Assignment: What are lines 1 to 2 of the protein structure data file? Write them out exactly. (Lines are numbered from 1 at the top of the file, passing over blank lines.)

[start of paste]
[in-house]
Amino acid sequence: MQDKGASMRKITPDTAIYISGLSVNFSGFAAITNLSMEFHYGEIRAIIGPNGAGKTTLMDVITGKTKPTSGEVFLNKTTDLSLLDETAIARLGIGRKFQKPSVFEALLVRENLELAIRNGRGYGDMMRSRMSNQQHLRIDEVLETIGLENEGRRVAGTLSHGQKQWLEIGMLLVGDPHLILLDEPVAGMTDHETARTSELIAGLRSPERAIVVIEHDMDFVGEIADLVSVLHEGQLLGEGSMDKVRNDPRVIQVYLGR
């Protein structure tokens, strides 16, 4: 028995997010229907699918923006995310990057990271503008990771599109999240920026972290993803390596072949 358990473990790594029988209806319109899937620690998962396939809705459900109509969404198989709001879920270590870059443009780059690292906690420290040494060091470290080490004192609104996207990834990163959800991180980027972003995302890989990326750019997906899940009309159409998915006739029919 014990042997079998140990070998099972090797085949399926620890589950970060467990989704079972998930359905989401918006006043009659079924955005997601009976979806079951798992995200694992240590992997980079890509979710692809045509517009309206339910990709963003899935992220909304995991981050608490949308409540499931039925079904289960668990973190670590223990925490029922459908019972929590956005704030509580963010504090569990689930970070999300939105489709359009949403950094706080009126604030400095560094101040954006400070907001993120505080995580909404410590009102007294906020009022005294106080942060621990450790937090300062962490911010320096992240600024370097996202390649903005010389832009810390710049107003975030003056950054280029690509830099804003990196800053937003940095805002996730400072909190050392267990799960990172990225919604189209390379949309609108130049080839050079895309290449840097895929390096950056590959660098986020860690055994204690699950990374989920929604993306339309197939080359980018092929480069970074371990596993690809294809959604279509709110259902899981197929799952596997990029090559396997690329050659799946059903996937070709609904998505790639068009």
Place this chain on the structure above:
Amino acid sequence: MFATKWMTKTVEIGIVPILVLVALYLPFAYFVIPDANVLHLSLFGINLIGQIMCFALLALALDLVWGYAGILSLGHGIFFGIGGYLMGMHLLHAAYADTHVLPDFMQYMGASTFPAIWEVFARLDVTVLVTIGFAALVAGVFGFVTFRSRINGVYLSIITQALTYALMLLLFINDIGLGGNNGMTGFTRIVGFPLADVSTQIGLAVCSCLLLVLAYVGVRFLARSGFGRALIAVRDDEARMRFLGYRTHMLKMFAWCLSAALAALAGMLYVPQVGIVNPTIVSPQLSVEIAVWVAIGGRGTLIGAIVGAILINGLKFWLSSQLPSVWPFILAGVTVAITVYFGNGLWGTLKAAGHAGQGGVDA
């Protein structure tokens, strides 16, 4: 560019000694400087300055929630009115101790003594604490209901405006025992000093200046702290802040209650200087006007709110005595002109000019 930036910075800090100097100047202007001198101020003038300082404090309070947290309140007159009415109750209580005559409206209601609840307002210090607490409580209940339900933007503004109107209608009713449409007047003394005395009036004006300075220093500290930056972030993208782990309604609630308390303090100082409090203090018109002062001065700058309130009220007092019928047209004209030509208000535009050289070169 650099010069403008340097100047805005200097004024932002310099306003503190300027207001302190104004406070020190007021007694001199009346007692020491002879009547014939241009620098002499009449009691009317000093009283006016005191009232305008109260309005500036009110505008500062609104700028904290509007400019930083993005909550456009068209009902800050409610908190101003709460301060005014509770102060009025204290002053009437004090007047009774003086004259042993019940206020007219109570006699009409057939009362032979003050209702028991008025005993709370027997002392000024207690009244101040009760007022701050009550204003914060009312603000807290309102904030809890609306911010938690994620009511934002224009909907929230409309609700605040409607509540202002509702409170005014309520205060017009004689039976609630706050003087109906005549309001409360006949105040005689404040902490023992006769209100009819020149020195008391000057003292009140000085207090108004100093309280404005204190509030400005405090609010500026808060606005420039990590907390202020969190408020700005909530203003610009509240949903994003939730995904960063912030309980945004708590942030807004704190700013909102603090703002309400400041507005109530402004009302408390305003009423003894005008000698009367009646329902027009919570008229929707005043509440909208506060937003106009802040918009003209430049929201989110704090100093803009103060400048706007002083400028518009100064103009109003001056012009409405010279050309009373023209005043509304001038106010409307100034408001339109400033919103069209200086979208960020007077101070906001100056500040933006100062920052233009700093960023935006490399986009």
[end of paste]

[in-house]
Amino acid sequence: MQDKGASMRKITPDTAIYISGLSVNFSGFAAITNLSMEFHYGEIRAIIGPNGAGKTTLMDVITGKTKPTSGEVFLNKTTDLSLLDETAIARLGIGRKFQKPSVFEALLVRENLELAIRNGRGYGDMMRSRMSNQQHLRIDEVLETIGLENEGRRVAGTLSHGQKQWLEIGMLLVGDPHLILLDEPVAGMTDHETARTSELIAGLRSPERAIVVIEHDMDFVGEIADLVSVLHEGQLLGEGSMDKVRNDPRVIQVYLGR